Toyota has not ruled out recalling or replacing faulty air intakes of more than 170,000 Hilux, Fortuner and Prado off-roaders that can leave cars with significantly reduced power and without some active safety systems.
An extensive investigation is currently under way to learn more about the issue that can lead to dust getting past the air filter and into the mass airflow sensor (MAF), in turn disabling the stability and traction control systems – also dropping engine power and urging owners to visit a dealer - something vice president of national operations Sean Hanley says could lead to a permanent fix or recall of affected vehicles.
“We’re looking at it, we’re reviewing it again now, to make sure that we’ve covered every possible angle, that there’s no inherent risk to our customers,” says Hanley. “If we do believe that inherent risk exists you can be one-thousand percent certain we will act as quickly as possible to rectify it.”
The concession and ongoing evaluation appears to be a softening of the stance last month when Toyota said it had no plans to recall or repair affected cars.
However, the brand that dominates the off-road segment with cars marketed as “unbreakable” and better suited to rough Australian roads than any other says there are currently no plans to do more than warn customers of the potential issue and clean the air intakes of vehicles that have been driven in dusty conditions.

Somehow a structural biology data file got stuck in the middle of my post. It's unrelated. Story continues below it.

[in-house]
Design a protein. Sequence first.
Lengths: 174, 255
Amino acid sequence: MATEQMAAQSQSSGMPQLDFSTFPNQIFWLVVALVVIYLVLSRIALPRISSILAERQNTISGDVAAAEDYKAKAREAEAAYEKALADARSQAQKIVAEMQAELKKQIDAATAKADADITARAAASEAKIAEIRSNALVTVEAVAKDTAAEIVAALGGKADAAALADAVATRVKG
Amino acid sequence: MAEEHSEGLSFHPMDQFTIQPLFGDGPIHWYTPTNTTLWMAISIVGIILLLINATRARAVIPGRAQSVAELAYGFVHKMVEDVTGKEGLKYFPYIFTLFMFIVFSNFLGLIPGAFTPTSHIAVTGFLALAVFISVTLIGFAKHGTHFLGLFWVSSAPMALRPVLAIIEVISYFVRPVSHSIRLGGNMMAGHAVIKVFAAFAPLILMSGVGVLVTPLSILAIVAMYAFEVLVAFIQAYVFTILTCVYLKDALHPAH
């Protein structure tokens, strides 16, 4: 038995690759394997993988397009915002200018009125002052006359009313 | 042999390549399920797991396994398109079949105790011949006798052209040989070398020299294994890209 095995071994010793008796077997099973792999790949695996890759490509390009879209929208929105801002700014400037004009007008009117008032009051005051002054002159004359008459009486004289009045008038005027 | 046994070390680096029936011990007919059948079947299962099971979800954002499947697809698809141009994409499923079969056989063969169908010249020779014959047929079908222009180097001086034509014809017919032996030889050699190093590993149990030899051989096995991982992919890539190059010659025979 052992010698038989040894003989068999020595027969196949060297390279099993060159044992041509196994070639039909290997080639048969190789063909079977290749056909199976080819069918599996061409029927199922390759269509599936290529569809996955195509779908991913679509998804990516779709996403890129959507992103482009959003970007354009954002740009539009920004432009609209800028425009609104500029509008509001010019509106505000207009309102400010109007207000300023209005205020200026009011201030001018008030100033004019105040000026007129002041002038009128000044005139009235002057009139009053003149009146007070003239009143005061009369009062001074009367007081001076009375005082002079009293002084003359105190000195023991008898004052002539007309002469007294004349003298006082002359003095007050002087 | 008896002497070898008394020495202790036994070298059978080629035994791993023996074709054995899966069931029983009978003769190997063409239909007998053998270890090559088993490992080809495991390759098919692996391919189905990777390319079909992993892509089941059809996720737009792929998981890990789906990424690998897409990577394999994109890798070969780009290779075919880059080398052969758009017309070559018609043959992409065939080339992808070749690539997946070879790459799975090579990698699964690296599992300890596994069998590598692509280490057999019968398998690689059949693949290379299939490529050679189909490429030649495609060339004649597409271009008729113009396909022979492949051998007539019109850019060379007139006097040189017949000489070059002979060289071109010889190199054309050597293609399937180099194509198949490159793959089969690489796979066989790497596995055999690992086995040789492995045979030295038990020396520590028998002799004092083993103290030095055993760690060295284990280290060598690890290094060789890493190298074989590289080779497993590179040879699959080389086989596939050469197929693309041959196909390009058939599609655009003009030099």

Despite disabling key safety software, Toyota is confident there is no safety concern to Prados, Hiluxes and Fortuners fitted with the latest 2.8-litre four-cylinder diesel.
“If we think and believe there’s any risk we would initiate an immediate recall,” Hanley says, adding safety is “an absolute priority”.
“We’re going through that process, at this stage we have no plan to recall.”
Hanley points to internal data that suggests only 0.2 percent of the 170,000-plus cars have so far experienced the fault.
And, he says, of the 340-odd cars that have been reported to dealerships, most are with mining fleets that drive them in “extreme conditions” with a lot of dust.
“We’re looking at every aspect to determine our future actions but at this stage because of the low incidence and extreme driving it’s not warranting a safety recall,” he says. “We’ll continue to assess that.”
However, any fix to new cars is at least a year away, slotting into the annual scheduled technical updates introduced by the brand, the next of which is due around August 2019.
Toyota Australia’s technical team is currently liaising with engineers in Japan regarding a potential fix, something likely to involve the redesign of the air intake system.
When the fix is implemented on new cars, Toyota says it will evaluate cars “on a case-by-case basis” as to whether the new components will be retrofitted to existing cars.
Owners who regularly drive their cars in very dusty conditions, for example, may have their cars’ air intakes replaced at no cost.
Toyota also said it was open to replacing the intakes of owners planning to drive in dusty conditions.